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Genetics and Molecular Biology

Print version ISSN 1415-4757On-line version ISSN 1678-4685

Genet. Mol. Biol. vol.23 n.1 São Paulo Mar. 2000 



Valdenice Moreira Novelli1,2, Marcos Antonio Machado3 and Catalina Romero Lopes2
1 Departamento de Ciências Biológicas, Universidade Estadual de Feira de Santana, km 03 BR 116, Campus Universitário, 44031-460 Feira de Santana, BA, Brasil. Send correspondence to V.M.N. Fax: +55-75-224-8019.
2 Departamento de Genética, Instituto de Biociências, Universidade Estadual Paulista “Júlio de Mesquita Filho”, Botucatu, SP, Brasil.
3 Centro de Citricultura Sylvio Moreira, Instituto Agronômico de Campinas, Cordeirópolis, SP, Brasil.




Isoenzymatic polymorphism analysis was used to determine genetic variability among species and hybrids of Citrus spp. and one accession of Poncirus trifoliata (L.) Raf. Ten enzymatic systems aspartate aminotransferase (AAT), acid phosphatase (ACP), leucine aminopeptidase (LAP), 6-phosphogluconate dehydrogenase (6-PGD), isocitrate dehydrogenase (IDH), phosphoglucoisomerase (PGI), phosphoglucomutase (PGM), diaphorase (DIA), shikimate dehydrogenase (SKD) and peroxidase (PRX) were analyzed. Twenty loci and 48 alleles were identified. Sweet orange cultivars (C. sinensis (L). Osbeck) showed the highest polymorphism with the largest number of heterozygous loci, although the alleles of those loci were the same in all cultivars, with the exception of Westin and Lima graúda. Mandarins (C. reticulata Blanco) exhibited diverse patterns, whereas Poncirus trifoliata (L.) Raf. showed high variability with all Citrus species and hybrids. Exclusive phenotypes were observed in some enzymatic systems, and similar patterns were found among interspecific hybrids and their putative parents.




The genus Citrus belongs to the subtribe Citrinae, tribe Citreae, subfamily Aurantioideae of the family Rutaceae (Swingle and Reece, 1967). Taxonomic relationships among members of this genus were established by Swingle and Reece (1967) and Tanaka (1954). However, these classifications differ considerably in the number of species, since Swingle and Reece recognized 16 species and Tanaka 163 species.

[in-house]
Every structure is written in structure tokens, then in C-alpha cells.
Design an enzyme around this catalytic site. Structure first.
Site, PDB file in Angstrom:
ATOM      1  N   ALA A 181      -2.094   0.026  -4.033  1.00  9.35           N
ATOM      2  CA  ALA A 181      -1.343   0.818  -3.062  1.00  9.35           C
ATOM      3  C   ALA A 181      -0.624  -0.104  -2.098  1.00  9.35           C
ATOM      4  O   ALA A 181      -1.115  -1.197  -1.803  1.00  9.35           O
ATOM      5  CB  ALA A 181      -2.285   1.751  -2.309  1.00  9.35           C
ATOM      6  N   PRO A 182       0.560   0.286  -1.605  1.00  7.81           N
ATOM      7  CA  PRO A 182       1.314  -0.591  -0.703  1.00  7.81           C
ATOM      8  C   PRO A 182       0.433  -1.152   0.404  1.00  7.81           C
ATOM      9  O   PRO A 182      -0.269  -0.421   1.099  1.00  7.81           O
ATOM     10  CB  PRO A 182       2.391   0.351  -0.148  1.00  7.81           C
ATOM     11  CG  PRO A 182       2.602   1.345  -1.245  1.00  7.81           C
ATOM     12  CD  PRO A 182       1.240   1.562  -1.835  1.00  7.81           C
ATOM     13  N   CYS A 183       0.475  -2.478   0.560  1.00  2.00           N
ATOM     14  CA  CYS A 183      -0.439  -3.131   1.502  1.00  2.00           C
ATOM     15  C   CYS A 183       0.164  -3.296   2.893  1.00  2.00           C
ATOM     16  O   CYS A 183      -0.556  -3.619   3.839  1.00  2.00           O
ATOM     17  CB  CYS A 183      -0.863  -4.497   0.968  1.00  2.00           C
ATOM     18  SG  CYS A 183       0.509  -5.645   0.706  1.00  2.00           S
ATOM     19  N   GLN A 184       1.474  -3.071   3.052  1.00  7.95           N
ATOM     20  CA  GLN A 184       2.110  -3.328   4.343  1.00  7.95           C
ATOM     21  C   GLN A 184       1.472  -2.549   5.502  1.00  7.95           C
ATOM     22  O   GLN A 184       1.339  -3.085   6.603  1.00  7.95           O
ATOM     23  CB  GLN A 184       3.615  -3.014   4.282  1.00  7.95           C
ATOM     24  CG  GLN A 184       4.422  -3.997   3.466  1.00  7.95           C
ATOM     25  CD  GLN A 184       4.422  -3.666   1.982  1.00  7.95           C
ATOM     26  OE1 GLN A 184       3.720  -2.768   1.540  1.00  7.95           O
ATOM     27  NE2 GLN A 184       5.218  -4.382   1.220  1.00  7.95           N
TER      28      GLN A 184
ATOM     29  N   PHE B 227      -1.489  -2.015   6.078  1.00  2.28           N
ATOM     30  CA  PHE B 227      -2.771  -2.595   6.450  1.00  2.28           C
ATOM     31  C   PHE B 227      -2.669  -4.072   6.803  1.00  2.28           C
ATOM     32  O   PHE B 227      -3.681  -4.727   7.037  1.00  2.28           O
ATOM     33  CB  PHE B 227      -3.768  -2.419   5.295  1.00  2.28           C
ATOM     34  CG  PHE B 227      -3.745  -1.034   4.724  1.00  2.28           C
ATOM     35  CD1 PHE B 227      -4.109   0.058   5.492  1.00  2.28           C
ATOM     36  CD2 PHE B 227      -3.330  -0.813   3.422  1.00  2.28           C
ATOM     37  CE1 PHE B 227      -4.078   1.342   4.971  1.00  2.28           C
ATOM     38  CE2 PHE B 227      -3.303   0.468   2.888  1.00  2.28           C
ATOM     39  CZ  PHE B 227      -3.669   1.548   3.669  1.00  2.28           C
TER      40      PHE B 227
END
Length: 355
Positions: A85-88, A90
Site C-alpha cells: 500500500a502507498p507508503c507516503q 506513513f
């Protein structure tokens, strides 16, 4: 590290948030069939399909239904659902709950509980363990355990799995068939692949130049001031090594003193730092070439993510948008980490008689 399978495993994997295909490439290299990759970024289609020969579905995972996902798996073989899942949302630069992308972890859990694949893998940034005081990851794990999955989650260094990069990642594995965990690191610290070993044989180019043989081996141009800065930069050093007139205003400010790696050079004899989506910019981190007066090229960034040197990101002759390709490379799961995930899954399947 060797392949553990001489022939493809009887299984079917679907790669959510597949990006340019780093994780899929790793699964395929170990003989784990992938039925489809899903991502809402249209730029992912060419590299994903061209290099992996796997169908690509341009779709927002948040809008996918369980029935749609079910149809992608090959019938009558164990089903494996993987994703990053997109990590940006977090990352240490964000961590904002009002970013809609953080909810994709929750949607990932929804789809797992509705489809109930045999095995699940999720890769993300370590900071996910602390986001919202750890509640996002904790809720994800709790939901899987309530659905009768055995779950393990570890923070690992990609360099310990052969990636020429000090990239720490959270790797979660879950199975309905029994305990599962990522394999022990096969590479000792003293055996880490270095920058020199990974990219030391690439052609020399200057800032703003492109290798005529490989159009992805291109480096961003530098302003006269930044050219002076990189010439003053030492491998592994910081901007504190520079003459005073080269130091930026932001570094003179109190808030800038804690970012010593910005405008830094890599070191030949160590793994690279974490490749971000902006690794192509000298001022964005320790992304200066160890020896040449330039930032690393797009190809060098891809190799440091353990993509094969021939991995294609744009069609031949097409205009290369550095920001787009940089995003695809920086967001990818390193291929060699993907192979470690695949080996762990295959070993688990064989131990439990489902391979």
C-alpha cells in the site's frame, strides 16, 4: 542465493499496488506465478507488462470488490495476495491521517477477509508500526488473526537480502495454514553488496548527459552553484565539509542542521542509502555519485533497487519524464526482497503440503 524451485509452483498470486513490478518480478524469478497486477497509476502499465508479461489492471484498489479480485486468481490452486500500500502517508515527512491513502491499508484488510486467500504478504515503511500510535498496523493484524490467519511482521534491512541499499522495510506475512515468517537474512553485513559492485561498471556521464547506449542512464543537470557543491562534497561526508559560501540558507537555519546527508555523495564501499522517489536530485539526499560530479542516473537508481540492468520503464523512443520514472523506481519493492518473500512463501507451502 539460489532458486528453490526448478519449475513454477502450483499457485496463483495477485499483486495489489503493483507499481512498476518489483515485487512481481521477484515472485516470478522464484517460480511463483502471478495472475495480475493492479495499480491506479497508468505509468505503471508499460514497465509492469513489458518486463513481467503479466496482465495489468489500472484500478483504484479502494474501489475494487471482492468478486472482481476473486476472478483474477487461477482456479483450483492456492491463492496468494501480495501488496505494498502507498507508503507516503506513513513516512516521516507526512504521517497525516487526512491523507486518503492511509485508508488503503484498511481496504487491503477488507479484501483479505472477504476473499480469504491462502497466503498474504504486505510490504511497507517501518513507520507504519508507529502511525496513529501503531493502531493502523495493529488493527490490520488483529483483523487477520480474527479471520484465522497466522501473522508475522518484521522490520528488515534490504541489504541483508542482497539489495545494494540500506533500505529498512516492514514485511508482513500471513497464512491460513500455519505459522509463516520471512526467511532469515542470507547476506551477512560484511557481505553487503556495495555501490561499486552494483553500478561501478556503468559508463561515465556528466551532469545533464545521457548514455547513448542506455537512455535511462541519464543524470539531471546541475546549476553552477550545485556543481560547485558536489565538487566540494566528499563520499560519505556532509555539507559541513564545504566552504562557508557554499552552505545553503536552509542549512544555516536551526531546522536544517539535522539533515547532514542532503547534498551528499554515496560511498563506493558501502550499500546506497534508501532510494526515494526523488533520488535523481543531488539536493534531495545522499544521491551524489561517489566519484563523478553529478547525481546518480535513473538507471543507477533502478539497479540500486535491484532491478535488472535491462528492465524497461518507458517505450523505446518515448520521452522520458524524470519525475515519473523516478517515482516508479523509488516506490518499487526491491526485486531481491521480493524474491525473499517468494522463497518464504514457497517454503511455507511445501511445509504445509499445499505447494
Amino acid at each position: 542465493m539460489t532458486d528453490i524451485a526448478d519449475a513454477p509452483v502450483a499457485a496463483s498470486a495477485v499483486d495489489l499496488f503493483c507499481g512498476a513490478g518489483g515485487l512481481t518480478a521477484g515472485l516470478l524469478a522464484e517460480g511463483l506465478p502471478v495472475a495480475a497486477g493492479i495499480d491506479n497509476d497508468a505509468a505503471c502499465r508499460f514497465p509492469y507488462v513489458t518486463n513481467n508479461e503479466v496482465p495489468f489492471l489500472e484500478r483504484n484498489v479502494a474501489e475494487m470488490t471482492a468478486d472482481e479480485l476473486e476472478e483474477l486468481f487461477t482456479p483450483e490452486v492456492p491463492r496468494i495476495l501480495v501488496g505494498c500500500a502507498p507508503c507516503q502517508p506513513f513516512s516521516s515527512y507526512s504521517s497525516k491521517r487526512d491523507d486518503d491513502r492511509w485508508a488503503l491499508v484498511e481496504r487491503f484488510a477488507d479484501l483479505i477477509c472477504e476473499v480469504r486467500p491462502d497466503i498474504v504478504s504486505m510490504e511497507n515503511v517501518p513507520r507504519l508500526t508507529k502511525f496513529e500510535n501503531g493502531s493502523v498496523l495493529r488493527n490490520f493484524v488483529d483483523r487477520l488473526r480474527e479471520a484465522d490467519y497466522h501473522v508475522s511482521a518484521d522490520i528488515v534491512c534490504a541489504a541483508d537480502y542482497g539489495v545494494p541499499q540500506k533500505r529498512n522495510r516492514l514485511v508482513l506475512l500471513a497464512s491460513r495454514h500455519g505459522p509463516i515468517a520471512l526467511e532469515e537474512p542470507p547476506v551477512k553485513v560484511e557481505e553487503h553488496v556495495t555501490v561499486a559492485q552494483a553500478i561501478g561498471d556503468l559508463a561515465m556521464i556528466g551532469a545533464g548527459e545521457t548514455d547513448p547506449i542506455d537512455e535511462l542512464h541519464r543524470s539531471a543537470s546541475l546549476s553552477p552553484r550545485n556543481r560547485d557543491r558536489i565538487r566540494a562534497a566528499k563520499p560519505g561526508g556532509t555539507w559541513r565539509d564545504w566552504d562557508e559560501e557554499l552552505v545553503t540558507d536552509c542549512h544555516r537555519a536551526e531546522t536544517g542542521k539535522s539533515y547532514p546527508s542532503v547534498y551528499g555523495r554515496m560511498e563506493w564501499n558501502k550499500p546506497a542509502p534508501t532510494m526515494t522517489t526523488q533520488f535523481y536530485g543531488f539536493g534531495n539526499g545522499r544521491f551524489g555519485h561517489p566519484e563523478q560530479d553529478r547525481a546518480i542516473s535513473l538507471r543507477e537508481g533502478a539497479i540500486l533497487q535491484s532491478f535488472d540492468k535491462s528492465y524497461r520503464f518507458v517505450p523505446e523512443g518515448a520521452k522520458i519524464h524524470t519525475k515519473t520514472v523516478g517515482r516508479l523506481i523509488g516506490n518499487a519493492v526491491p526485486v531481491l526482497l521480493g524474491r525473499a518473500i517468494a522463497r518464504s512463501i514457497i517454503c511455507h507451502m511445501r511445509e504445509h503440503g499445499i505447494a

The Citrus genus includes the most widely producing fruit species in the world and is highly polymorphic. Several species are used as scion cultivars, such as sweet orange, mandarins, lemons and grapefruit. Many species and hybrids with related genera can also be used as rootstocks. Poncirus trifoliata (L.) Raf. has importance as a rootstock for several cultivars around the world. However, Citrus breeding programs have been hampered by factors associated with reproductive biology (sterility, incompatibility, nucellar embryony, juvenility) and scant information on the nature and mode of inheritance of economically important traits (Torres et al., 1978; Jarrel et al., 1992).

Researchers have recognized the need for genetical studies as well as identification of genetic markers as tools for clarifying taxonomic relationships and improving breeding programs in the genus (Esen and Scora, 1977; Torres et al., 1978; Gogorcena and Ortiz, 1993). Furthermore, correct identification is important for certification and registration of new cultivars. The genetic variability of Citrus and associated genera has been evaluated by morphological descriptors, which have low discriminating capacity, as well as biochemical and molecular markers (Esen and Scora, 1977; Handa et al., 1986). Isoenzymes have been extensively used as genetic markers in Citrus spp. due to their low cost and feasibility as codominant markers (Torres et al., 1978; Gogorcena et al., 1990; Durham et al., 1992; Herrero et al., 1996).